This dissertation researches twenty years of professional practice and demonstrates how architectural thinking is permeated by a cultural continuum. The work explores the proposition of open-ended architecture, whereby architecture resonates with preceding cultural values and awaits a new set of future values. Architecture is without beginning or end, but emerges in a context in flux. The projects take their part in the continuum of cultural activity and references, contemporary culture being the brightest light of the moment. Contexts, whether urban or rural, are amalgamated from the cultural thinking of passing societies and communities.
The following research through practice and reflection has revealed to me a series of architectural notions: Continuum, Greater System, Subversion and Context. These are different lenses through which the connectedness of all architectural preconditions – time, place, culture – can be visualised. Such views have become the architectural preoccupation in my practice. This research has thrown a light upon my fascination for locating my conceptual ideas for a project in the ever-changing historical, physical and functional context, right from the embryonic stage of the design. Whilst my practice has continuously evolved over the last twenty years a ‘mode of practice’ has developed to facilitate this architectural aspiration. As new technologies have come along, such as animation, they have been embraced and become part of my working method.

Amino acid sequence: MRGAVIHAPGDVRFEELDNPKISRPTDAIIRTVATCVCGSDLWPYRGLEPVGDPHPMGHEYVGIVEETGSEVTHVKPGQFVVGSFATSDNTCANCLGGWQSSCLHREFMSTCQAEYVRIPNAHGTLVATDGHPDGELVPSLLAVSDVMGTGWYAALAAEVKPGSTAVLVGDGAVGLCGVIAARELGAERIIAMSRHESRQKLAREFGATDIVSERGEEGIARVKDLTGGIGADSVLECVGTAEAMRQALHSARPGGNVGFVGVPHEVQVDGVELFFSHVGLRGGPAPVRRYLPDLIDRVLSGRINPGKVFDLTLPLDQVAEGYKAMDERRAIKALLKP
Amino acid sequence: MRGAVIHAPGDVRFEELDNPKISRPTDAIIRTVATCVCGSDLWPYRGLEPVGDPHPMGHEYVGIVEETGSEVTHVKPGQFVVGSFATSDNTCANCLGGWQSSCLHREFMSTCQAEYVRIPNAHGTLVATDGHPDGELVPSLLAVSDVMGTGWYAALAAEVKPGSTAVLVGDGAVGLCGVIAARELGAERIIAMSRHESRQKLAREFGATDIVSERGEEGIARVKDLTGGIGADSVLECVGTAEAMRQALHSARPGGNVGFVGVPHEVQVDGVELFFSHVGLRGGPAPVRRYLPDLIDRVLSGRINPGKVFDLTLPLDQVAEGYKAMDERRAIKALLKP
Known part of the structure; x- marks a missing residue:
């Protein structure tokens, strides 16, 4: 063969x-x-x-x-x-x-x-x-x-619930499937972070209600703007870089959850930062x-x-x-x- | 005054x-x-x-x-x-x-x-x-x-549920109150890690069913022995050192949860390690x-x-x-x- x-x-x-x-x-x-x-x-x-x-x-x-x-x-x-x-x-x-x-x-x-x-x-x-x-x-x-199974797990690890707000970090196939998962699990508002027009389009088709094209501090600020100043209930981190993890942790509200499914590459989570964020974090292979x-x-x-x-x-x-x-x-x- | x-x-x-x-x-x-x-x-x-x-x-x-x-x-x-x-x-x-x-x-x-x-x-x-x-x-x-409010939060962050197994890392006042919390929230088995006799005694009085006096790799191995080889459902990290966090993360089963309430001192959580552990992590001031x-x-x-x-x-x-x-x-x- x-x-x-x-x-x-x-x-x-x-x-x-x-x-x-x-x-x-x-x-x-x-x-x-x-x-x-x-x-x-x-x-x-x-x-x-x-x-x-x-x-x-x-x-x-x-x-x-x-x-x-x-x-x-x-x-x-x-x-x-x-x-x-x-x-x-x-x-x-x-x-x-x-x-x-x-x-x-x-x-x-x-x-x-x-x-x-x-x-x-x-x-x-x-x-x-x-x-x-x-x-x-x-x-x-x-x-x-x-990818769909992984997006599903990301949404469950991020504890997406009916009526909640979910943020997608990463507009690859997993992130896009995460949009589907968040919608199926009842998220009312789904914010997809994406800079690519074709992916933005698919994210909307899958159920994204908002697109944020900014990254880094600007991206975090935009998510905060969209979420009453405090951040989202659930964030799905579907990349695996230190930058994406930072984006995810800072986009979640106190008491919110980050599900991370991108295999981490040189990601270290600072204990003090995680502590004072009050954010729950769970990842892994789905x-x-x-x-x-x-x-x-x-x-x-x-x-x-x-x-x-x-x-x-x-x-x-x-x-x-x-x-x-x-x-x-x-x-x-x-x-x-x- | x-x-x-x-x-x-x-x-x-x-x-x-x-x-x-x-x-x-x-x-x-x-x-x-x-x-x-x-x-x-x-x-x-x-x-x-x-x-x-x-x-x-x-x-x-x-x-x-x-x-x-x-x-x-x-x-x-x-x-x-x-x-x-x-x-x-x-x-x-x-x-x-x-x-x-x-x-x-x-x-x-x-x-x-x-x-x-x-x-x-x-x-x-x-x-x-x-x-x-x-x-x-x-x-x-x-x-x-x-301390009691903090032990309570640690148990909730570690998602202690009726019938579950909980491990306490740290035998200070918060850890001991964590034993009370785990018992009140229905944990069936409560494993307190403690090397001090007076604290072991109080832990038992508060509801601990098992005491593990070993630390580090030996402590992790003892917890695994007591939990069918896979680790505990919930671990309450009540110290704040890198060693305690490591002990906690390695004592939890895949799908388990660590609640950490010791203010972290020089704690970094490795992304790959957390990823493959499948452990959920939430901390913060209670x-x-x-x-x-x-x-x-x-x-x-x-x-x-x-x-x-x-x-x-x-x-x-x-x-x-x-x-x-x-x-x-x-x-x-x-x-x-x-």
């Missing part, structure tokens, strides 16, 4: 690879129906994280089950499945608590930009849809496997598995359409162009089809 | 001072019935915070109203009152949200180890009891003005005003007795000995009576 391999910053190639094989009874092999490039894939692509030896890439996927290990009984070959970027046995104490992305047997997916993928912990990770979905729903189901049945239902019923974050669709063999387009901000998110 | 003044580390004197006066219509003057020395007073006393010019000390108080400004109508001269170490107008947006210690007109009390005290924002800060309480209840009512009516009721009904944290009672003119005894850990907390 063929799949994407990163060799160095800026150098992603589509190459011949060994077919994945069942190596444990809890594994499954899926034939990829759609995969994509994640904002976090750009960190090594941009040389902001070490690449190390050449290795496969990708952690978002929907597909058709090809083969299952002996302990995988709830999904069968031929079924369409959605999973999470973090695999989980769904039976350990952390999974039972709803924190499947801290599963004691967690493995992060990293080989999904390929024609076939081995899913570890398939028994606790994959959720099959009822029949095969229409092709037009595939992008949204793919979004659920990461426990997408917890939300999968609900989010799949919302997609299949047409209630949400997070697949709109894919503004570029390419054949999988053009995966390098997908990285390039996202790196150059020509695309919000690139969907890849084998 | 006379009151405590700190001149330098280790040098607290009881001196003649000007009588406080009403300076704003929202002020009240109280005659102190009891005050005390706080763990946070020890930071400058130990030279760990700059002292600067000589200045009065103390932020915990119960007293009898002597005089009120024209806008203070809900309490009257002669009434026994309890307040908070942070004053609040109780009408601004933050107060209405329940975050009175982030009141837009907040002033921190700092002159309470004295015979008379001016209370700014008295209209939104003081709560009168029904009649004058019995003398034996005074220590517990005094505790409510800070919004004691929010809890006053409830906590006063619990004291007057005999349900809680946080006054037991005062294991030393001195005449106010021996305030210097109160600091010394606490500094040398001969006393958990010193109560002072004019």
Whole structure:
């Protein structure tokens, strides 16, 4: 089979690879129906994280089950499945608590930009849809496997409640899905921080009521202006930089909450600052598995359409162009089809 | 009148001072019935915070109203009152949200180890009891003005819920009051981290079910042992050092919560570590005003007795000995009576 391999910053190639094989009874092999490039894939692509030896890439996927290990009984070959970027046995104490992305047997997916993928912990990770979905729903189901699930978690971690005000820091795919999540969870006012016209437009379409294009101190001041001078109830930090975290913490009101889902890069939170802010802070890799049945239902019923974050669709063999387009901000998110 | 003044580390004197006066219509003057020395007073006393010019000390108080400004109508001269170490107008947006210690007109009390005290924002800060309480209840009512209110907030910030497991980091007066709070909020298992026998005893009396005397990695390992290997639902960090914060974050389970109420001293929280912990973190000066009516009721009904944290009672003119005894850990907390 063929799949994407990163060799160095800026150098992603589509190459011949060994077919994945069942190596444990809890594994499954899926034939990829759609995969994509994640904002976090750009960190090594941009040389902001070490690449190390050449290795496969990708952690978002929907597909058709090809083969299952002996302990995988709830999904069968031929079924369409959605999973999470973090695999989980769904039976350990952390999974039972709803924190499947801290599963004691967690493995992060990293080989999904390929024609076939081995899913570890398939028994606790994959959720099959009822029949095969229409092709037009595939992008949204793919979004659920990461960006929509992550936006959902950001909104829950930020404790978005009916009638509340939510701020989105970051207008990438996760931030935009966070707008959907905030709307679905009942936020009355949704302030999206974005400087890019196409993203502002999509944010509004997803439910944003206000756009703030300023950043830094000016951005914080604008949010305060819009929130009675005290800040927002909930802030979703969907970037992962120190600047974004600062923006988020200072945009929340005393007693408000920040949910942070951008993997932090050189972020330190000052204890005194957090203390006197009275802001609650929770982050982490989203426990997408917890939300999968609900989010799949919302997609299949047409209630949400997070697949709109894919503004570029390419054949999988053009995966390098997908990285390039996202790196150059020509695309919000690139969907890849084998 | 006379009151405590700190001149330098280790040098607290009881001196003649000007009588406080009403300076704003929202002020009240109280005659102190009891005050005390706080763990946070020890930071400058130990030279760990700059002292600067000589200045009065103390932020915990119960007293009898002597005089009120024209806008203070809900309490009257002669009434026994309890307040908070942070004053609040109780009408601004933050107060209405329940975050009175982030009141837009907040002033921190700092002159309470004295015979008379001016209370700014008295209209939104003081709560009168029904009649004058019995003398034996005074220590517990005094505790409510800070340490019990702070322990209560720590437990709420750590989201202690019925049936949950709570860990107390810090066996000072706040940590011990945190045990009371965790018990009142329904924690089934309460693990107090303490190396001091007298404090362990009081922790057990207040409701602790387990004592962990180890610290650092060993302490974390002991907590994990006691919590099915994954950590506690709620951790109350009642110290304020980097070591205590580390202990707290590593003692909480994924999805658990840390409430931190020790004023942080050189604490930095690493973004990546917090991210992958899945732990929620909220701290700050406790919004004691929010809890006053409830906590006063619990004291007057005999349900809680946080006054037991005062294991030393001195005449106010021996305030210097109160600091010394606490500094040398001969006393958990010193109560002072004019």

Examiners: Prof Catherin Bull, Prof Peter Elliott Supervisors: Professor Sand Helsel, Prof SueAnne Ware